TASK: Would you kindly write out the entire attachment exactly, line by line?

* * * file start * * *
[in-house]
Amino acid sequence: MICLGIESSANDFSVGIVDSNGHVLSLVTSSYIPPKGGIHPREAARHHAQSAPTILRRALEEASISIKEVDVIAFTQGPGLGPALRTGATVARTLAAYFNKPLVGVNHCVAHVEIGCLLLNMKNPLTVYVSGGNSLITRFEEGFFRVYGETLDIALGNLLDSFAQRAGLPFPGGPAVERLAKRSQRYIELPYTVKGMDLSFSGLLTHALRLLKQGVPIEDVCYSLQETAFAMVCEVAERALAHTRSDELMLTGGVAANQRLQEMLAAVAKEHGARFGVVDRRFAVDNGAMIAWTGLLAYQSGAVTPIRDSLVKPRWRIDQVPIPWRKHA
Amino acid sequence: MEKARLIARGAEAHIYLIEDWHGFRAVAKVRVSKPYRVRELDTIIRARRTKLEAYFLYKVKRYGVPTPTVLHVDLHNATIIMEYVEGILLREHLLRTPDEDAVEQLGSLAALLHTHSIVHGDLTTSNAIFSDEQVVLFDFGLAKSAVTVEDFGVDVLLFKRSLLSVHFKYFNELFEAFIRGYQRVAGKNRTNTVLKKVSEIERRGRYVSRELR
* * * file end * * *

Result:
[in-house]
Amino acid sequence: MICLGIESSANDFSVGIVDSNGHVLSLVTSSYIPPKGGIHPREAARHHAQSAPTILRRALEEASISIKEVDVIAFTQGPGLGPALRTGATVARTLAAYFNKPLVGVNHCVAHVEIGCLLLNMKNPLTVYVSGGNSLITRFEEGFFRVYGETLDIALGNLLDSFAQRAGLPFPGGPAVERLAKRSQRYIELPYTVKGMDLSFSGLLTHALRLLKQGVPIEDVCYSLQETAFAMVCEVAERALAHTRSDELMLTGGVAANQRLQEMLAAVAKEHGARFGVVDRRFAVDNGAMIAWTGLLAYQSGAVTPIRDSLVKPRWRIDQVPIPWRKHA
Amino acid sequence: MEKARLIARGAEAHIYLIEDWHGFRAVAKVRVSKPYRVRELDTIIRARRTKLEAYFLYKVKRYGVPTPTVLHVDLHNATIIMEYVEGILLREHLLRTPDEDAVEQLGSLAALLHTHSIVHGDLTTSNAIFSDEQVVLFDFGLAKSAVTVEDFGVDVLLFKRSLLSVHFKYFNELFEAFIRGYQRVAGKNRTNTVLKKVSEIERRGRYVSRELR